Conversely, in Isaiah, we encounter a prime example of one who is not humble. Some theologians say the subject is merely the king of Babylon; others make the contention that the passage has a dual application to Lucifer himself. Regardless, this “shining star” is the antithesis of the Trinity.

“How you are fallen from heaven,
O shining star, son of the morning!
You have been thrown down to the earth,
you who destroyed the nations of the world.
For you said to yourself,
‘I will ascend to heaven and set my throne above God’s stars.
I will preside on the mountain of the gods
far away in the north.
I will climb to the highest heavens
and be like the Most High.’” (Isaiah 14:12–14)

The terrifying yet humble “I am” of Exodus 3 versus the proud and defiant “I will” of Isaiah 14. Oddly—counterintuitively—humility wins.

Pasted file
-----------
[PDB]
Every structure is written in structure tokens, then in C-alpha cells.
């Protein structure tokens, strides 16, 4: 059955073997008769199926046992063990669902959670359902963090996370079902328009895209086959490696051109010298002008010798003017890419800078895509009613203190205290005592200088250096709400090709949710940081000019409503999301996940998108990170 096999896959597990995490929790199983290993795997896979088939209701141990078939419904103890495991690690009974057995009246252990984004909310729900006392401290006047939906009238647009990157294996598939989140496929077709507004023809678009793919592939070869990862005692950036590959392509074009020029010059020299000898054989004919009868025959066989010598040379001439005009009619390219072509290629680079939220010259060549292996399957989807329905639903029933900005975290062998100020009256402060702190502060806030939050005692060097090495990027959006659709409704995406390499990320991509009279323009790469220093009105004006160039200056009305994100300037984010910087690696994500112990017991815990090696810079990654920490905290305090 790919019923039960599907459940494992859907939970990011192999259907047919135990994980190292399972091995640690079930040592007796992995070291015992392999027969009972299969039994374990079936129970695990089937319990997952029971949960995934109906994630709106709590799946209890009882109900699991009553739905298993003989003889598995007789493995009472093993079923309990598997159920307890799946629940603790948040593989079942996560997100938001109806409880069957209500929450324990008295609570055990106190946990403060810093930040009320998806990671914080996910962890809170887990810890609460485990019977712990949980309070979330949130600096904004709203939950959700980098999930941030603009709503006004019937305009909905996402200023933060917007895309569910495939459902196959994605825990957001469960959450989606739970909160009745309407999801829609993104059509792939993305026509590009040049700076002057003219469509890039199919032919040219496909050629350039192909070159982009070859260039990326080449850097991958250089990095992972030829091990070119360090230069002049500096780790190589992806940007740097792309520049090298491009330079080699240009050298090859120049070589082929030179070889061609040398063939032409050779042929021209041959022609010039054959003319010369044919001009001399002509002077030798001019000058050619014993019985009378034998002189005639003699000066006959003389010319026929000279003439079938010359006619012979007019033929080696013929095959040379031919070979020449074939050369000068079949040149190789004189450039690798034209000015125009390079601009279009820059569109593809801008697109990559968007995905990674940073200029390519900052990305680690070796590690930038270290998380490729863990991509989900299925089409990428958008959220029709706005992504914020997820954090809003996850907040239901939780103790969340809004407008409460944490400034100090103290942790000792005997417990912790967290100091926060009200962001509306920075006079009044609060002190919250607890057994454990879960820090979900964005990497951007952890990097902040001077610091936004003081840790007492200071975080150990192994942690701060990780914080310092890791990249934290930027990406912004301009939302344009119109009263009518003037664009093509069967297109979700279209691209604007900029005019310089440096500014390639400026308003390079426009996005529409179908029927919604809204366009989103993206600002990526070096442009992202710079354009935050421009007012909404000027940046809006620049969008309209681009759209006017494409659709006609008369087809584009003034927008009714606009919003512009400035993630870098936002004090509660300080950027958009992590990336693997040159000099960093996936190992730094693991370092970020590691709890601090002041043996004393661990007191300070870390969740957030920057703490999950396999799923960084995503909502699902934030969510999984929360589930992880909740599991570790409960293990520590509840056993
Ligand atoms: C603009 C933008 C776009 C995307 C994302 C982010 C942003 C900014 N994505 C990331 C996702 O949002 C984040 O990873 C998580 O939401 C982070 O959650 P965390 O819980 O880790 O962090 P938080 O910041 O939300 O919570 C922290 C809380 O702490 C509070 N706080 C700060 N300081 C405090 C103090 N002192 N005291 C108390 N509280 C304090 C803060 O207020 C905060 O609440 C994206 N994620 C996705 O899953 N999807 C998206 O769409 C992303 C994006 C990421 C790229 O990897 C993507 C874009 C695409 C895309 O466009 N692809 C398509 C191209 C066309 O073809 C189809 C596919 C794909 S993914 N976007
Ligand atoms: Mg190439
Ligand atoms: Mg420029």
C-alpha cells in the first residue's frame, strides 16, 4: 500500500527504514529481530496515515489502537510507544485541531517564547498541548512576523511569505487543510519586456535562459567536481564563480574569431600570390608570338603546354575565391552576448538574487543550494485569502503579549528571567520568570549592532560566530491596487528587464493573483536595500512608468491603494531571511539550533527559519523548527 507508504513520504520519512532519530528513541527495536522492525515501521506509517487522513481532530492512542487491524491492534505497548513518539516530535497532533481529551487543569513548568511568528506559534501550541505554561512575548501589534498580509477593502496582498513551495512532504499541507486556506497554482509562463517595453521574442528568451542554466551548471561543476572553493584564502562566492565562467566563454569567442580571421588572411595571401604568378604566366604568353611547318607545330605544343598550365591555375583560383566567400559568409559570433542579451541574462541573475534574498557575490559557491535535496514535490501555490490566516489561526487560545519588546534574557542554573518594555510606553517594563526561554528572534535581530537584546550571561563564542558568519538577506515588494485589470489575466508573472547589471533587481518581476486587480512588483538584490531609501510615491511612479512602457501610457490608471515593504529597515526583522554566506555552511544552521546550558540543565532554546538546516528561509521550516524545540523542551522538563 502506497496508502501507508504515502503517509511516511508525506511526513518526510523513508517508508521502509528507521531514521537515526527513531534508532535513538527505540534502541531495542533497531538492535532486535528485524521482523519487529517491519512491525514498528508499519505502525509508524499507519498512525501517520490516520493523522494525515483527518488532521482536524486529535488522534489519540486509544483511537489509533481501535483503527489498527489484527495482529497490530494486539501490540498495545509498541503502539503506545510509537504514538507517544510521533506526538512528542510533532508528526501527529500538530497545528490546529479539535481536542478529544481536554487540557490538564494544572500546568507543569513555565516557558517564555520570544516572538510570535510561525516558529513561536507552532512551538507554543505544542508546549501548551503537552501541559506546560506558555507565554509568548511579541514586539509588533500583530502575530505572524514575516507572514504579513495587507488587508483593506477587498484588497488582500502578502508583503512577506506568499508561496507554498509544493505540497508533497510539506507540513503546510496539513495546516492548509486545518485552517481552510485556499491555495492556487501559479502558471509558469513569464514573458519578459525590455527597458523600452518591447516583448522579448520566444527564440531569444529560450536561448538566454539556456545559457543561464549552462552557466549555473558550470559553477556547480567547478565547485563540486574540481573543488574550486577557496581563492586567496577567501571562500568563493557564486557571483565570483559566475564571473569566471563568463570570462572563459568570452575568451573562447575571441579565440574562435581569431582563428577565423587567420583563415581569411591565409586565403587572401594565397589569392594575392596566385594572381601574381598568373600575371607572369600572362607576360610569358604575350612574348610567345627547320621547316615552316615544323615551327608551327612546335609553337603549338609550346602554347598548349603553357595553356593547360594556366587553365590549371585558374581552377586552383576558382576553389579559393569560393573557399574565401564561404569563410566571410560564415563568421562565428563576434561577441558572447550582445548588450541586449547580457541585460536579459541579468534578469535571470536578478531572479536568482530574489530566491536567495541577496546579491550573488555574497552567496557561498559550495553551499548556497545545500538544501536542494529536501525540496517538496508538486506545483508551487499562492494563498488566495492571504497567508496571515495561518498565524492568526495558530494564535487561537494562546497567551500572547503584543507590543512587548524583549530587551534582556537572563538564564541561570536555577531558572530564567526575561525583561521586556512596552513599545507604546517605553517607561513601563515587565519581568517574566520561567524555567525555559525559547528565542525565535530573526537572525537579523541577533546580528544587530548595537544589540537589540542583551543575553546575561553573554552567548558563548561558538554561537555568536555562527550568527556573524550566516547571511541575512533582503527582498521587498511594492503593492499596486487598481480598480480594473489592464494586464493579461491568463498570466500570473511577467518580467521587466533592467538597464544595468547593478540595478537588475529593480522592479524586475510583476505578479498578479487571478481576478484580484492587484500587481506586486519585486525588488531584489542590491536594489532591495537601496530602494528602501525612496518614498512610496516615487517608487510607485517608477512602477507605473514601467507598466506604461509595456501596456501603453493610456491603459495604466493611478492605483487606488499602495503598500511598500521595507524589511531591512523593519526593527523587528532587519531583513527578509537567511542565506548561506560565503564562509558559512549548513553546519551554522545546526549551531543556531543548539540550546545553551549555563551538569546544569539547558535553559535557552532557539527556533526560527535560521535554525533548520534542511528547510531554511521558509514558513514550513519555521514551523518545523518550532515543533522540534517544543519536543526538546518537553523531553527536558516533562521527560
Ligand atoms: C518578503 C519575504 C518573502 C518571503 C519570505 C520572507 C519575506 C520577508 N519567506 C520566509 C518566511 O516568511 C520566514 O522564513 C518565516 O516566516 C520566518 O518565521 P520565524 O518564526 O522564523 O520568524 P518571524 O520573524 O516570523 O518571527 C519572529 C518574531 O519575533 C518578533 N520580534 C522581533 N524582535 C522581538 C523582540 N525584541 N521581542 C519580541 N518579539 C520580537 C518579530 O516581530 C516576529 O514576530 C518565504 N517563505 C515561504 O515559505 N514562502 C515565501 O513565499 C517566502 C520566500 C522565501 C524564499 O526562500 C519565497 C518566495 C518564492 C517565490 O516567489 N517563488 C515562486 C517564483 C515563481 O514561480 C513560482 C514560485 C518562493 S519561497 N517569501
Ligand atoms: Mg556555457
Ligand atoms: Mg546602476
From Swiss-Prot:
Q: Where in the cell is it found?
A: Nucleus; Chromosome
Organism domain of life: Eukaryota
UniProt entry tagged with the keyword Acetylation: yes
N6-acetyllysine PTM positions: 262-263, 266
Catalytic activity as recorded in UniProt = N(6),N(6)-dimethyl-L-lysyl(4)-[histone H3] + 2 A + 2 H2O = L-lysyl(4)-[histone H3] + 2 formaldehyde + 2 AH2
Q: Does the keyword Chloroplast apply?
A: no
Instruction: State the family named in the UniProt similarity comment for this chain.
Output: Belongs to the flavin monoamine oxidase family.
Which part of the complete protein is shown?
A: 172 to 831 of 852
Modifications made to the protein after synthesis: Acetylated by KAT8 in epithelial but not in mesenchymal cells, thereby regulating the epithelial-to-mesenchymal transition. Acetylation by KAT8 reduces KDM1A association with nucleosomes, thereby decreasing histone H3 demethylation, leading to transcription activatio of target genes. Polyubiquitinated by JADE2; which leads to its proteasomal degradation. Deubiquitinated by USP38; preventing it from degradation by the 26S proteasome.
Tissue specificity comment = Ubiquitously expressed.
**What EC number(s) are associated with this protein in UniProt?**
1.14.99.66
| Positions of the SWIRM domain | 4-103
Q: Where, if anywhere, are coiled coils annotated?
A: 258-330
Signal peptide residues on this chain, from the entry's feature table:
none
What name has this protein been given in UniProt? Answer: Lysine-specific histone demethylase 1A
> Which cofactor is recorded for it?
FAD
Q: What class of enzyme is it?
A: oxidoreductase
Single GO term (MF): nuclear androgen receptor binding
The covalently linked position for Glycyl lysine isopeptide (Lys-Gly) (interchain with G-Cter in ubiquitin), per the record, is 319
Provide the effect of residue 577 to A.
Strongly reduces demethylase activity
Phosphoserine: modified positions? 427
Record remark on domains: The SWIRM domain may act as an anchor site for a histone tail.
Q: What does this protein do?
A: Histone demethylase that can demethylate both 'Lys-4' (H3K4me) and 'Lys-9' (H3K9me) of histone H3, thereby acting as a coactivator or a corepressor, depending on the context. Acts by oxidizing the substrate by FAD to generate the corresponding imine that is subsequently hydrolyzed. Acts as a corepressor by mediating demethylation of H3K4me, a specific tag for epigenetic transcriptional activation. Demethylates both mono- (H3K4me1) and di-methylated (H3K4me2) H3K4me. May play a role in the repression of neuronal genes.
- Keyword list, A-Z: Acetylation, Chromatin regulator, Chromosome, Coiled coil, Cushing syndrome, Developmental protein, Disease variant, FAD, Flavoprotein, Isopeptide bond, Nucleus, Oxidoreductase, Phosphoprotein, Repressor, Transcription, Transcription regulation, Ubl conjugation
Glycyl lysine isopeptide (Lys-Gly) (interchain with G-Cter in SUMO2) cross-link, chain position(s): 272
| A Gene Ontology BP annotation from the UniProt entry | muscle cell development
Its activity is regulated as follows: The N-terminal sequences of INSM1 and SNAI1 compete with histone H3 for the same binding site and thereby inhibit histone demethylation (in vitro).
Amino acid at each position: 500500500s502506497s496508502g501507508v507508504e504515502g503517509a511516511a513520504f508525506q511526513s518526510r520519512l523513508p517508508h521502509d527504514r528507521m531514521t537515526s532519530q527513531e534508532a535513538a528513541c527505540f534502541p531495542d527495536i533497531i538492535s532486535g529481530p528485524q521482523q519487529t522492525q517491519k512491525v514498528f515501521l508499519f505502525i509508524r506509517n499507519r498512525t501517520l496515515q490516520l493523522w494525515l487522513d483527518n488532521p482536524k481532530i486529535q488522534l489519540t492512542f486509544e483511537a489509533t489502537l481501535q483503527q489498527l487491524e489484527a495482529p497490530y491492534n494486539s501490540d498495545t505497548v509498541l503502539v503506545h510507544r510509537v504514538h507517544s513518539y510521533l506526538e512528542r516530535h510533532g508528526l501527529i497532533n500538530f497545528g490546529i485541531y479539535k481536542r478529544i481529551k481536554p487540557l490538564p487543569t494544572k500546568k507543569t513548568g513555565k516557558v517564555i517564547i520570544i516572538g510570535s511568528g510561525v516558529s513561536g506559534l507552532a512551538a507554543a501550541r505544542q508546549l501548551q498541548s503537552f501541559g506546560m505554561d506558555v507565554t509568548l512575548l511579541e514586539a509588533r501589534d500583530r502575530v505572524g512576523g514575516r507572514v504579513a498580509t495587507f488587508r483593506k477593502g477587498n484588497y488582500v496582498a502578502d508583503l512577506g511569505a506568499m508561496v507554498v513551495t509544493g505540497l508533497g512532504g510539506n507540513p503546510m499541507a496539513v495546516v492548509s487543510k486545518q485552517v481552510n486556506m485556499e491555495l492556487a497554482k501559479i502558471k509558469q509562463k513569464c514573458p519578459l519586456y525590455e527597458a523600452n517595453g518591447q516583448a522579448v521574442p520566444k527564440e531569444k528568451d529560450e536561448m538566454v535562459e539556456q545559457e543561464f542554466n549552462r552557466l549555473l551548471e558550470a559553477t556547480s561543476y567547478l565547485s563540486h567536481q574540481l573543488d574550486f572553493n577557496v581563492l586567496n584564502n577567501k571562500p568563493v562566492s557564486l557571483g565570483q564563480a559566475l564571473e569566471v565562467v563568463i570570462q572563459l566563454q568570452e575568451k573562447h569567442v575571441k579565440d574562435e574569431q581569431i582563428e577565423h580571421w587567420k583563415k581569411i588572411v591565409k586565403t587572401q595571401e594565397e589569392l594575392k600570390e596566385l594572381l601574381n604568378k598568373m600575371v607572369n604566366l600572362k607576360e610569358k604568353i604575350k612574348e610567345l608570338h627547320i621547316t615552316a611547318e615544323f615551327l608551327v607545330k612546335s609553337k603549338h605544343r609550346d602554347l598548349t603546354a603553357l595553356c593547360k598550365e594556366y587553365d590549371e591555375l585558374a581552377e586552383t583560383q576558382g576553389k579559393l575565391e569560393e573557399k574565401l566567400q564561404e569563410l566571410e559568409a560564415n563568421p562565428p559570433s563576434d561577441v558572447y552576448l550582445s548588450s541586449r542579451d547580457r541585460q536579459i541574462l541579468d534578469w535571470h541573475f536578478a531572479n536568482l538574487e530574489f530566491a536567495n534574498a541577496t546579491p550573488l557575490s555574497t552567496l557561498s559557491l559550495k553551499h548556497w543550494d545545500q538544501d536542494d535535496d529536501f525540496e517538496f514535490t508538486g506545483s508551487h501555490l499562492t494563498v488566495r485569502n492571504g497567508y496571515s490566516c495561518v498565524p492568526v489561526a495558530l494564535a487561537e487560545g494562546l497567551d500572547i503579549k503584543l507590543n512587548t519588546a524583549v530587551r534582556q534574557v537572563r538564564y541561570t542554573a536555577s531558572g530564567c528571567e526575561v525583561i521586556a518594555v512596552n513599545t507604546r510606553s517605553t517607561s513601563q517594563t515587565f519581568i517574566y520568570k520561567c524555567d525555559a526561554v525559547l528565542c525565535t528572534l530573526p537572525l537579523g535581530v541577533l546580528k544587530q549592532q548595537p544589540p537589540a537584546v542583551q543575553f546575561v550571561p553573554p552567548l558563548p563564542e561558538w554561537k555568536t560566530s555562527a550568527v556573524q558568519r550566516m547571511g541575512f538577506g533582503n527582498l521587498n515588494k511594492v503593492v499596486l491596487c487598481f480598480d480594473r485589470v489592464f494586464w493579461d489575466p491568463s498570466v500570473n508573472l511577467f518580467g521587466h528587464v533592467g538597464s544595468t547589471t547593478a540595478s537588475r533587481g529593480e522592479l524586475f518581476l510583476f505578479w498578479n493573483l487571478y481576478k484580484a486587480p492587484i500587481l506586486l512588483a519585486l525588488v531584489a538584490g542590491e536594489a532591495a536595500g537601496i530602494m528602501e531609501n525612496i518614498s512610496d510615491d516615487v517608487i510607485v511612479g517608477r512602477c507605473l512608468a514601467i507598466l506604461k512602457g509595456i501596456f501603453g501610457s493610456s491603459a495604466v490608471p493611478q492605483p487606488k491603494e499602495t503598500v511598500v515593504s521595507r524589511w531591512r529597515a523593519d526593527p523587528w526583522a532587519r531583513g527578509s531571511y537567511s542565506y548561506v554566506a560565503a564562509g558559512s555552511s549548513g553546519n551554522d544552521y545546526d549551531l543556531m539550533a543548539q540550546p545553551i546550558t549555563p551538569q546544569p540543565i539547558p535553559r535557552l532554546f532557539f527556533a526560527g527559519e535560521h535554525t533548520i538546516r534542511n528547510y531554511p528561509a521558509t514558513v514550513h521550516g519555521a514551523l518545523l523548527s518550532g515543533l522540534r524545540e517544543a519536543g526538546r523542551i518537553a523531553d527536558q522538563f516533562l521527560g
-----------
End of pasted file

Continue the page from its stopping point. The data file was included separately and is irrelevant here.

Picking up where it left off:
We might sum up the concept of the Trinity like this.

The Father in heaven
Sent Jesus the Son to dwell with us in time and space
Who then promised us God’s Spirit
Who lives within us
Making us brothers and sisters in Christ.

As Paul puts it:

“There is one Lord, one faith, one baptism,
one God and Father of all,
who is over all, in all, and living through all.” (Ephesians 4:5–6).

How do we explain the Triune God? Well, we can never adequately do so. And that’s the point. A god we can fully comprehend is no God at all.

“Holy, holy, holy,
Merciful and mighty,
God in three persons,
Blessed Trinity.”

—Tim Gustafson

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  • 7/27/21